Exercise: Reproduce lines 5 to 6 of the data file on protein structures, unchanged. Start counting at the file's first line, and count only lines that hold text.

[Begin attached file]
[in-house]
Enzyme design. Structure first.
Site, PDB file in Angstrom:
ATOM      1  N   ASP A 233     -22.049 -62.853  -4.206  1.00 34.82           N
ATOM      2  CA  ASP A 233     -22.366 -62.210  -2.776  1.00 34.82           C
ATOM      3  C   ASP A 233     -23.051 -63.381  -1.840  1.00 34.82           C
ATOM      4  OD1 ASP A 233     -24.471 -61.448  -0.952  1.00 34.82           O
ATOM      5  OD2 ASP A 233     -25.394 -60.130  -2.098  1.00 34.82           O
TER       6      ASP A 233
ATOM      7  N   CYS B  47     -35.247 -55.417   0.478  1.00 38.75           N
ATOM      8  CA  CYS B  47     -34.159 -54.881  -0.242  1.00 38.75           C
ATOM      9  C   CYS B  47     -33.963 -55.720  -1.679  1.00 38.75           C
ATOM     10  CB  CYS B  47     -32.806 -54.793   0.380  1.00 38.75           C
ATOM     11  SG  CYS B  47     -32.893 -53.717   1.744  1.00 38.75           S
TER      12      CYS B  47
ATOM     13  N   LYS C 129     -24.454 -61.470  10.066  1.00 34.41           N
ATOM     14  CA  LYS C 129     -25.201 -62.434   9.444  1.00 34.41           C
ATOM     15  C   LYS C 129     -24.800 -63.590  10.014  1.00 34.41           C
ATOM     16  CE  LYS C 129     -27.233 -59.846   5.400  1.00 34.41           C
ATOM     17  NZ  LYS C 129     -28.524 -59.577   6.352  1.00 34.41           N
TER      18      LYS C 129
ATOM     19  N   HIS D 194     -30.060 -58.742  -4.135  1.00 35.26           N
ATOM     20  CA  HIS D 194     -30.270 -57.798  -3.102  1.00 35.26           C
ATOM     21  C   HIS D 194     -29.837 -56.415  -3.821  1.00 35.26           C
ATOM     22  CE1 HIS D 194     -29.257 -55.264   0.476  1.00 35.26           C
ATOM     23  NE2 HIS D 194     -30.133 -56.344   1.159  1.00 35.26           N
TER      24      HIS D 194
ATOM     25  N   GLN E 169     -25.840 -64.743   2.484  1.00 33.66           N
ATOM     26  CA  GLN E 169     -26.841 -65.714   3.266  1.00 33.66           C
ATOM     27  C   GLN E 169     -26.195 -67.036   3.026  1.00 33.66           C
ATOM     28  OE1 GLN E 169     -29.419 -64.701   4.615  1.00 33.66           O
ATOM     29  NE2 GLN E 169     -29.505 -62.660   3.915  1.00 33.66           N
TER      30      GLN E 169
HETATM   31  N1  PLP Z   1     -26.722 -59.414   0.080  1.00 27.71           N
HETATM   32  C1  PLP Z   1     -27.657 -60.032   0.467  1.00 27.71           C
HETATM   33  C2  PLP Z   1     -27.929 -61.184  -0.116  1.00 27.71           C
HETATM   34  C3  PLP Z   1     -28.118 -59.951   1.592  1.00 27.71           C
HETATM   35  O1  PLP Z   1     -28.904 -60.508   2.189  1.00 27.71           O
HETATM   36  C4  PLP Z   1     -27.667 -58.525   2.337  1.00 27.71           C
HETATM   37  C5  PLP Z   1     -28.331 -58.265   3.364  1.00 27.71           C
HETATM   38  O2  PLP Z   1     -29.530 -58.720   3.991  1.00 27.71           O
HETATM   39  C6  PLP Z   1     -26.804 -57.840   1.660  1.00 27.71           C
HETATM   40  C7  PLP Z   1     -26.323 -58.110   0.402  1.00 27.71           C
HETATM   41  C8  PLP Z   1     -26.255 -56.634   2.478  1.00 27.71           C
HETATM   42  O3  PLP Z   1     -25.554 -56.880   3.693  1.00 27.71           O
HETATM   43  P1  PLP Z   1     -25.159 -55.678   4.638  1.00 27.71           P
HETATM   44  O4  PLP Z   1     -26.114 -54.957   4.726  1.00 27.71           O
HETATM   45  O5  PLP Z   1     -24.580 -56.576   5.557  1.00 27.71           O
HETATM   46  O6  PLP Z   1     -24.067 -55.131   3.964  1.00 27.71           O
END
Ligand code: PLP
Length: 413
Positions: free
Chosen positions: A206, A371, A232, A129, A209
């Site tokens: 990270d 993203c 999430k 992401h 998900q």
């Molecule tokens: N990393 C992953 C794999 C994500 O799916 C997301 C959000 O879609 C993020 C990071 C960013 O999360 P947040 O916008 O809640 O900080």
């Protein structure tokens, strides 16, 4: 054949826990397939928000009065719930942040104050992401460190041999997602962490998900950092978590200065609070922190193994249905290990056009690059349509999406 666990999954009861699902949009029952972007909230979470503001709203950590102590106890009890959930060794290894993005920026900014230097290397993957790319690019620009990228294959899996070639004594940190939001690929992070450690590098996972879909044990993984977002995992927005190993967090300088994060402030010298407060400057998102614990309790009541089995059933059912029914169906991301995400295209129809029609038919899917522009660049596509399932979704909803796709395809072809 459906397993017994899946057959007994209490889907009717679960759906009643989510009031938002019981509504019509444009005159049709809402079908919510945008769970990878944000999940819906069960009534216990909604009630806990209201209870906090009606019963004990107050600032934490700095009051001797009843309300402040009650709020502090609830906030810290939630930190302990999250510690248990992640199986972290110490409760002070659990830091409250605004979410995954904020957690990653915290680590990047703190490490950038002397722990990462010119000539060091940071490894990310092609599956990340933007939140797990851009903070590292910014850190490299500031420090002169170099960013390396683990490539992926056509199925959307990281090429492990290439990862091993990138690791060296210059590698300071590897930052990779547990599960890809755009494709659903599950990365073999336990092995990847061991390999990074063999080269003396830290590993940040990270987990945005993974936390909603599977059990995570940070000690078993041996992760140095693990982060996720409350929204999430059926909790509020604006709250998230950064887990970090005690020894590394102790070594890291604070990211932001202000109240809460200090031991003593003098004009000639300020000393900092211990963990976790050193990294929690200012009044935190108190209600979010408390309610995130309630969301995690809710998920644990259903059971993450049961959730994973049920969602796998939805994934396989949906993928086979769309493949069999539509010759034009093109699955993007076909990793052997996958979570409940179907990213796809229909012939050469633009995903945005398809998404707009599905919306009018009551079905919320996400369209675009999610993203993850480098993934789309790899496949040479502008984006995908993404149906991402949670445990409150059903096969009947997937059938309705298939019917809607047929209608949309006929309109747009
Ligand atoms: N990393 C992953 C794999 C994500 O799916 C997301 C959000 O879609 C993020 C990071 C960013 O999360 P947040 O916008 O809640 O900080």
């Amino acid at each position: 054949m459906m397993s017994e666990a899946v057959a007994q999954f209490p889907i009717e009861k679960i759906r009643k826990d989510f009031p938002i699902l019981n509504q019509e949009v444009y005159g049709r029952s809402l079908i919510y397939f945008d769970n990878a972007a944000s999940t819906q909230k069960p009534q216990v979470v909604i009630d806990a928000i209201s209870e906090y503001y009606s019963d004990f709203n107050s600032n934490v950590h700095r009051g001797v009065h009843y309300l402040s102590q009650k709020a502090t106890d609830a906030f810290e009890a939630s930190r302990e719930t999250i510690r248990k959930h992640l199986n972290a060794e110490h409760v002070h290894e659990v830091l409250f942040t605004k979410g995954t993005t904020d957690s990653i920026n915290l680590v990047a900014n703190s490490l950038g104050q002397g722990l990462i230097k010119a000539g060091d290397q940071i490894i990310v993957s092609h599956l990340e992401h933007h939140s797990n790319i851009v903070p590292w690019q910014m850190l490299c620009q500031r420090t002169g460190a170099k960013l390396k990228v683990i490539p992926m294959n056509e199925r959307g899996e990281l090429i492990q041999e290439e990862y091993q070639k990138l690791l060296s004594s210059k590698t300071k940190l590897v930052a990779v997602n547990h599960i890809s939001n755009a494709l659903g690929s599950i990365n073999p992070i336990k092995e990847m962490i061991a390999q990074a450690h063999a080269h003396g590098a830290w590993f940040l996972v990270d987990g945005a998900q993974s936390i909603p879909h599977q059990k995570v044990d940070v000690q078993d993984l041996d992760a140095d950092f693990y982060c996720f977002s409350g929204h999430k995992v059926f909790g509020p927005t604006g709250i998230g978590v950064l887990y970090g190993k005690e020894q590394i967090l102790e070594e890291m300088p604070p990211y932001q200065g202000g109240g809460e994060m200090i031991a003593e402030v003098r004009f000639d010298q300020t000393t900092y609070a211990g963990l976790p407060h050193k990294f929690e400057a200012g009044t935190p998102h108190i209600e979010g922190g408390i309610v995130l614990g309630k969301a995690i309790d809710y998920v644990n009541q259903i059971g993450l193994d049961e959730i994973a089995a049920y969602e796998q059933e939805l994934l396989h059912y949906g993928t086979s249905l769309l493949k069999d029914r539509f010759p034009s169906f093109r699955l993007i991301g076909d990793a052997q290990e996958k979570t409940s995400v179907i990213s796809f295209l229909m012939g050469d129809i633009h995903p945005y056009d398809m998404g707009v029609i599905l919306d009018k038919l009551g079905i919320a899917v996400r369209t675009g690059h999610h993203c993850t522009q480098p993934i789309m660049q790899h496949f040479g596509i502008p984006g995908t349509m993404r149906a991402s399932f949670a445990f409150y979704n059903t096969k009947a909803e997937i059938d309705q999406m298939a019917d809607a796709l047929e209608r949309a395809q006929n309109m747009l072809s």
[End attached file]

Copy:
ATOM      2  CA  ASP A 233     -22.366 -62.210  -2.776  1.00 34.82           C
ATOM      3  C   ASP A 233     -23.051 -63.381  -1.840  1.00 34.82           C